No Copyright Infringement but Criminal Charges for Massive Download


Allegedly MIT’s computer systems were breached by Aaron Swartz who then downloaded millions of scholarly articles, but there are no claims of copyrights infringement. The New York Times reported that in July 2011 Aaron Swartz was indicted on charges that he:

...broke into the computer networks at the Massachusetts Institute of Technology to gain access to JSTOR, a nonprofit online service for distributing scholarly articles online, and downloaded 4.8 million articles and other documents — nearly the entire library.

Mr. Swartz was charged with charges of federal wire fraud and unlawfully obtaining information from a secure computer. Also he was charged with Massachusetts state crimes of breaking and entering, and unauthorized access to a computer system. However MIT recently reported that the state charges have been dropped.

The way JSTOR works is that colleges and libraries pay for access and then provide the materials free to their users. So even though the materials on JSTOR are free to users, subscribers to JSTOR must pay. The charges against Mr. Swartz are that he breached the computer security to do the download. No claims of copyright infringement, but a serious criminal charges nonetheless.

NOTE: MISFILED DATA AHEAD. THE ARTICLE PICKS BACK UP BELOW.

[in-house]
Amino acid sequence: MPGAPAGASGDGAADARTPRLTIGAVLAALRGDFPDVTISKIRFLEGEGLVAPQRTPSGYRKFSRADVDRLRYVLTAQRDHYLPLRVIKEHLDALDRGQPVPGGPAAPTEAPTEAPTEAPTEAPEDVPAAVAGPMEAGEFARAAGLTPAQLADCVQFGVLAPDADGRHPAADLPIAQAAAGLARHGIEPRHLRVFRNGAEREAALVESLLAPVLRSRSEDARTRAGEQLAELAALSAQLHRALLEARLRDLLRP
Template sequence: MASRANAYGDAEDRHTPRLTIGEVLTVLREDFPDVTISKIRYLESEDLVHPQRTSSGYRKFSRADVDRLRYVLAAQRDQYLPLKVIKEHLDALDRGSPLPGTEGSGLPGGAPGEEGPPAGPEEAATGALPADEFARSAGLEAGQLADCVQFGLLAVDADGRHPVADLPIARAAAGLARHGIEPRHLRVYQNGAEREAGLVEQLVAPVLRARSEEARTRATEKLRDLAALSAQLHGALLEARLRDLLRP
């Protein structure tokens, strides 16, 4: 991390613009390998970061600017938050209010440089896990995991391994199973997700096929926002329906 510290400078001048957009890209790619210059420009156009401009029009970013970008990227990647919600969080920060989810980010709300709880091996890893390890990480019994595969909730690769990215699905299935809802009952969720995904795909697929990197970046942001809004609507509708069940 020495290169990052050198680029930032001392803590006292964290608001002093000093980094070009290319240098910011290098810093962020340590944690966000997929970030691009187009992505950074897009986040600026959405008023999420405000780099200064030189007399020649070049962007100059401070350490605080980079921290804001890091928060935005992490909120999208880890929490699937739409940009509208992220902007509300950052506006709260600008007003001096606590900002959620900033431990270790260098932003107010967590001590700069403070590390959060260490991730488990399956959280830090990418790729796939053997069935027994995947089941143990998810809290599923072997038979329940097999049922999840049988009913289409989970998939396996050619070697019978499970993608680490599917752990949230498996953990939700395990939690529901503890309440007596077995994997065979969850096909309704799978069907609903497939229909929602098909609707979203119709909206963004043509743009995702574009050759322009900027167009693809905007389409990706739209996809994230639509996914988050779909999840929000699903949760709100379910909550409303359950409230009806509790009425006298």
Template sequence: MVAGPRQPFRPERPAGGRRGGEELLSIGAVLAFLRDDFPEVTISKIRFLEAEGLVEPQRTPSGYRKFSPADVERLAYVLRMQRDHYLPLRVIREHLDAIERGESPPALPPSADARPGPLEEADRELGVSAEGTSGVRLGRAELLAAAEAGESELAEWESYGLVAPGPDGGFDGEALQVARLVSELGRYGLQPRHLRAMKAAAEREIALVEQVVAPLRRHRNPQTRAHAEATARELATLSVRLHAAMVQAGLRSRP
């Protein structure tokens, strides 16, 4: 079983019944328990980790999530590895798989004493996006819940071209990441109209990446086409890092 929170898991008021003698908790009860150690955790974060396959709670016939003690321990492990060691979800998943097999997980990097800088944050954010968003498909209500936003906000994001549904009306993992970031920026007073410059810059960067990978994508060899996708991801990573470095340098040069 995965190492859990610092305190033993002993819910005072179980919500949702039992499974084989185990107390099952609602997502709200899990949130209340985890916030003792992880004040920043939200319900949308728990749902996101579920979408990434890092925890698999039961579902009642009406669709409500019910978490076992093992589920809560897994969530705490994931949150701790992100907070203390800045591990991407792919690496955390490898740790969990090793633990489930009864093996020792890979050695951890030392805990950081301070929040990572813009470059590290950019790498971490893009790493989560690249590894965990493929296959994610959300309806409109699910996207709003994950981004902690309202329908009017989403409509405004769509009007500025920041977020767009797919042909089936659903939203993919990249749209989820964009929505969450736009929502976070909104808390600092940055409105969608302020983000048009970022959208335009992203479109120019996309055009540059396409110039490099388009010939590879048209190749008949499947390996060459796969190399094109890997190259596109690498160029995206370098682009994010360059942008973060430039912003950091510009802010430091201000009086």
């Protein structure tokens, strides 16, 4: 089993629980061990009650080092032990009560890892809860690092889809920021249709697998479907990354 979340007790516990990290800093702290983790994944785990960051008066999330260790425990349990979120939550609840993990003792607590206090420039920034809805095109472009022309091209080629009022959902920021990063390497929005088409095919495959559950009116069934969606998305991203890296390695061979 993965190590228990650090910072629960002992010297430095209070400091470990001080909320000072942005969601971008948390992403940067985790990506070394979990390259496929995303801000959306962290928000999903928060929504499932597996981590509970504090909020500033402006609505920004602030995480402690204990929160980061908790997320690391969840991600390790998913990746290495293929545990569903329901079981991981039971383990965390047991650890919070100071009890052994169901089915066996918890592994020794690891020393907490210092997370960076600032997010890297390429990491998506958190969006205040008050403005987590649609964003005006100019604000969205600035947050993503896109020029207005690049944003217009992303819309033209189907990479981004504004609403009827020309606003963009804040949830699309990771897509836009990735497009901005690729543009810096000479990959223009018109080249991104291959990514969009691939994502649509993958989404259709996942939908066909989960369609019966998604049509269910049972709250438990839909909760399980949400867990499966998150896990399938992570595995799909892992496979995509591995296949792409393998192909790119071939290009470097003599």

What about the JSTOR Copyrights?

When you take the time to read the Terms of Services (ToS) on JSTOR you will see that the original authors of the materials on JSTOR retain all intellectual property rights, including copyrights. Further JSTOR warrants that it is not a copyright infringer. 

So one might wonder, if Mr. Swartz infringed the copyrights of the authors on JSTOR why there have been no copyright infringement claims brought? That may change after the criminal trial however.

FOOTNOTE OF THANKS: To my friend Jonathan Thalheimer (McGuire, Craddock & Strother, P.C.) for passing along links about this JSTOR download.

The publications contained in this site do not constitute legal advice. Legal advice can only be given with knowledge of the client's specific facts. By putting these publications on our website we do not intend to create a lawyer-client relationship with the user. Materials may not reflect the most current legal developments, verdicts or settlements. This information should in no way be taken as an indication of future results.

Search Tips:

You may use the wildcard symbol (*) as a root expander.  A search for "anti*" will find not only "anti", but also "anti-trust", "antique", etc.

Entering two terms together in a search field will behave as though an "OR" is being used.  For example, entering "Antique Motorcars" as a Client Name search will find results with either word in the Client Name.


AND and OR may be used in a search.  Note: they must be capitalized, e.g., "Project AND Finance." 

The + and - sign operators may be used.  The + sign indicates that the term immediately following is required, while the - sign indicates to omit results that contain that term. E.g., "+real -estate" says results must have "real" but not "estate".

To perform an exact phrase search, surround your search phrase with quotation marks.  For example, "Project Finance".

Searches are not case sensitive.

back to top